How Indian-origin techie Nishad Singh got involved in FTX storm
The FTX story, as much a cautionary tale as it is, is also about dreams, friendship, and betrayal. Nishad Singh, the former director of engineering at FTX, has pleaded guilty to six fraud charges. He also agreed to help the government investigate the crypto exchange's collapse. He could take the stand against Sam Bankman-Fried, FTX co-founder and someone he has known since childhood.
Singh pleaded guilty to six criminal counts
Singh pleaded guilty to six criminal counts during a hearing in a federal court in Manhattan. The charges include conspiracy to commit securities and commodities fraud. "I'm unbelievably sorry for my role in all of this and the harm that it has caused," Singh said in the court. He also pleaded guilty to making illegal donations to political-action committees and candidates using Alameda funds.
Singh knew Bankman-Fried since childhood
Singh's relationship with Bankman-Fried began much before FTX. The son of Indian immigrant parents, Singh went to the same school as Bankman-Fried and was close friends with Gabriel Bankman-Fried, his younger brother. He joined Facebook after graduating from the University of California, Berkley. However, Singh left the company after discovering Bankman-Fried started a crypto-trading firm.
He joined Alameda Research in 2017
Singh's professional relationship with Bankman-Fried began with Alameda Research in 2017, the same year Bankman-Fried founded the crypto hedge fund with Gary Wang. His role was to assist Bankman-Fried and Wang with engineering-related projects. Bankman-Fried described Singh as "an unfailing nice person, a good team player, good cultural influence, and relatively weak programmer" in a 2018 performance review.
Singh was one of the key architects of FTX
Over time, his technical proficiency improved, and so did his importance in the company. In 2019, he moved to Hong Kong to help Wang set up FTX. He was one of the key architects of the exchange, which later became the third-largest in the world. His growing responsibilities meant he soon became the head of engineering at both Alameda and FTX.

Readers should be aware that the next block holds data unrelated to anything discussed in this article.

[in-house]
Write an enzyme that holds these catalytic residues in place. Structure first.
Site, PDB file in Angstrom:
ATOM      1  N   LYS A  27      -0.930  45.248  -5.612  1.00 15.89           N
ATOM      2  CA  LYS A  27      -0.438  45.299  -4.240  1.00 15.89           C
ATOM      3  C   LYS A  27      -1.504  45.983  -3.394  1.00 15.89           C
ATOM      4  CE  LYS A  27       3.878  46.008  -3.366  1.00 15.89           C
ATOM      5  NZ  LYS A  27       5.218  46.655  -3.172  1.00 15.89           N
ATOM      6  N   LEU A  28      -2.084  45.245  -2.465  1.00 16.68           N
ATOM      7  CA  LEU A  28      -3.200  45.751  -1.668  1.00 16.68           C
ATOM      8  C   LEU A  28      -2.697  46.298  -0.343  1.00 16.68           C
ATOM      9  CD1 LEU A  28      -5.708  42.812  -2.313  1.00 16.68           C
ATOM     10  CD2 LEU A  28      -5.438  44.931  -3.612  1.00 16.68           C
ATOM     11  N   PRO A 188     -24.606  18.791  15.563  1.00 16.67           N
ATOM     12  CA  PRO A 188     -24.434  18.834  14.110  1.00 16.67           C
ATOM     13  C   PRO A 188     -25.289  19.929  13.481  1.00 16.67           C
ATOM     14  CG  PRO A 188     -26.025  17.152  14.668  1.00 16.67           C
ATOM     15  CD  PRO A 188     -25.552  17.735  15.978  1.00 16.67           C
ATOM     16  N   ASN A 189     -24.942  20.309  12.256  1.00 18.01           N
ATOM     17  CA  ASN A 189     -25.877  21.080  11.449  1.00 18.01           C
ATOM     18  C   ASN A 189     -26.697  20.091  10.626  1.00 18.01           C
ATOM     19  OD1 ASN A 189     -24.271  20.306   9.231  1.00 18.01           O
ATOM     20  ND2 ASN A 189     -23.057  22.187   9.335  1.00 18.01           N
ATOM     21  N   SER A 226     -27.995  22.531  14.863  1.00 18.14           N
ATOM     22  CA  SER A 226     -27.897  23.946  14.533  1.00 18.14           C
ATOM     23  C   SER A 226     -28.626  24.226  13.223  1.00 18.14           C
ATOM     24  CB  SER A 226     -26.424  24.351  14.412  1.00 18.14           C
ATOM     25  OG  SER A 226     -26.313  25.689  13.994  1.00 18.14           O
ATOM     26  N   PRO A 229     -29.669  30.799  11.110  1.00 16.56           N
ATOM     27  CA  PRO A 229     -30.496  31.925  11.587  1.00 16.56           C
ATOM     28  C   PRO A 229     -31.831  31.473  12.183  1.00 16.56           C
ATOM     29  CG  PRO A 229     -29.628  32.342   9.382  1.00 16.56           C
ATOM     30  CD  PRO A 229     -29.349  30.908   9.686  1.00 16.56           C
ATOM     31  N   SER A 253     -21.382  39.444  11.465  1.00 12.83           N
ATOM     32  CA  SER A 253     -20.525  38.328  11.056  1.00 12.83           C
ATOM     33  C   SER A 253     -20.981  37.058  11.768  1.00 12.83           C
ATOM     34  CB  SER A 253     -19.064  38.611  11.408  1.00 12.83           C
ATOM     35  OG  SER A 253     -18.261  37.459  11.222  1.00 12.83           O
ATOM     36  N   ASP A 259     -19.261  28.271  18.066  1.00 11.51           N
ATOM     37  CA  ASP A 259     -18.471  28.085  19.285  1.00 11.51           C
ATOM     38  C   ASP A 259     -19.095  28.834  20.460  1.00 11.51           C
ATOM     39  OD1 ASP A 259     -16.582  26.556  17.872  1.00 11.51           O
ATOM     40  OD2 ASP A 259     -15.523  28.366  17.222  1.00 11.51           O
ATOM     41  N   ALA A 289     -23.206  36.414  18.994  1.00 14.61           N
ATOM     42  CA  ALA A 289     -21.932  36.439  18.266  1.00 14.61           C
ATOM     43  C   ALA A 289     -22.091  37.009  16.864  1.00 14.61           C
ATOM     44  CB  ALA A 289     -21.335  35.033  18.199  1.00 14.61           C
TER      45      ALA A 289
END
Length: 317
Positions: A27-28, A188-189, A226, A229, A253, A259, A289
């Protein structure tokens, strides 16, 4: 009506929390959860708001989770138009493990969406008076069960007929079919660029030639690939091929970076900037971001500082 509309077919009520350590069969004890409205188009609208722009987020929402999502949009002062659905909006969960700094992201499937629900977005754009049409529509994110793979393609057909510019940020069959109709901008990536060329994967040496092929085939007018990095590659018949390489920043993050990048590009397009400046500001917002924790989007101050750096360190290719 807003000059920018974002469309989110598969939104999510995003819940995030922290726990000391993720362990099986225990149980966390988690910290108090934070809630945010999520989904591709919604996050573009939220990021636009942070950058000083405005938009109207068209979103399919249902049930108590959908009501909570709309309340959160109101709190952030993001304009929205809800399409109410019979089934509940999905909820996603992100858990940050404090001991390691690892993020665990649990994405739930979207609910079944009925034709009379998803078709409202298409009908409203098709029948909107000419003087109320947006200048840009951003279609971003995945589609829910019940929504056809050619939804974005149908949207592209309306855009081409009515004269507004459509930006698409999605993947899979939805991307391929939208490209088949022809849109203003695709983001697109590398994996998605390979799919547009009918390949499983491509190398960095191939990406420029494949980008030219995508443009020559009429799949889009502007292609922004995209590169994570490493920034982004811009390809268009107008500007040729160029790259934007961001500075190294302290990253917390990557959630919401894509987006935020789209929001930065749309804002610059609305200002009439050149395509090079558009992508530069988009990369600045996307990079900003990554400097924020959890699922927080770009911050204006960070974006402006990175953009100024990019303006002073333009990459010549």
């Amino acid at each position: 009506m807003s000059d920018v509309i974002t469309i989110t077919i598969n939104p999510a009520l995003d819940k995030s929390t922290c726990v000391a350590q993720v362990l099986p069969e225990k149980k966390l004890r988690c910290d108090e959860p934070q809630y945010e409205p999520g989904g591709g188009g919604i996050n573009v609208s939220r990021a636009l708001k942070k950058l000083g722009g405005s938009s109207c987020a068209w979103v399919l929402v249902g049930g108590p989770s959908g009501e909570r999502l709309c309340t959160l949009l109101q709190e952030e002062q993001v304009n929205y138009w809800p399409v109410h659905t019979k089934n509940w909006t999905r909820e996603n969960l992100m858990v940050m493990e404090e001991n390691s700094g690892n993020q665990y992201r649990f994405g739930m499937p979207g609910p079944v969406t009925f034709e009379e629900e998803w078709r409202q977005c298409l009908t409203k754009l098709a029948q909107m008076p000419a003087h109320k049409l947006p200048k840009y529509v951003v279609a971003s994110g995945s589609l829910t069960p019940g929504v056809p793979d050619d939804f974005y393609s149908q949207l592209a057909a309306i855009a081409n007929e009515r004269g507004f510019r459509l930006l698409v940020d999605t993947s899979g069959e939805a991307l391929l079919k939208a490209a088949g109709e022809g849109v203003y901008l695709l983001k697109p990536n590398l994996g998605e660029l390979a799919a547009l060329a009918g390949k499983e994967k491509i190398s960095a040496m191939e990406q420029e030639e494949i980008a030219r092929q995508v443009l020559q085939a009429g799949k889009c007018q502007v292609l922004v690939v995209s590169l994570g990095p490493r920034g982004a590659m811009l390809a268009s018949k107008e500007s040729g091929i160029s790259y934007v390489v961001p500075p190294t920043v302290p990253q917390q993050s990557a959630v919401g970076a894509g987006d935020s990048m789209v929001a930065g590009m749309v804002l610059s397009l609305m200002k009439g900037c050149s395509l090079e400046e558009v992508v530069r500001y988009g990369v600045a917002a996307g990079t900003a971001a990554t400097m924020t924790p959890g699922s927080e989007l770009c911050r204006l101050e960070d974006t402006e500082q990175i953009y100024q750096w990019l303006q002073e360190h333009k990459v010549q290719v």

He was the most approachable member of the inner circle
At FTX, he was the most approachable member of the inner circle, which included Bankman-Fried, Wang, and Caroline Ellison, the former CEO of Alameda. He was also Bankman-Fried's go-to man to deal with tricky personnel issues. Singh owned a considerable portion of FTX before it fell, including 7.8% of the exchange's US arm and 10% of its ventures arm.
Wang and Ellison accepted plea bargains before Singh
Singh is the last of the inner circle to testify against Bankman-Fried. Wang and Ellison accepted plea bargains and admitted guilt in December last year. They pleaded guilty to similar offenses as Singh did. Bankman-Fried, on the other hand, has repeatedly maintained that he did not intentionally steal from customers. He has also refuted the fraud charges.
Sing created the code to facilitate diversion of funds: SEC
There are multiple parallel charges against Singh by different agencies. The Securities and Exchange Commission (SEC) charged Singh earlier this week for defrauding FTX's equity investors. The charges followed his guilty plea in the Manhattan courthouse. SEC accuses Singh of creating the code that allowed funds of FTX customers to be diverted to Alameda Research.
There are multiple parallel actions against Singh
After SEC, the US Attorney's Office for the Southern District of New York and the Commodities Futures Trading Commission (CFTC) also announced charges against Singh. The CFTC accuses Singh of fraud by misappropriation and aiding/abetting fraud committed by Bankman-Fried. He did not contest his liability on CFTC's claims. He has also entered into a plea deal in the charges by the Attorney's Office.
Singh would do anything to make things right: Lawyers
Per Singh's plea deal, he has to testify in any trial if the federal prosecutors request him to do so. With SEC, he has entered into a settlement, according to which he would be barred from serving as an officer or director of a public company and pay a penalty. Singh's lawyers said he would do anything to make things right.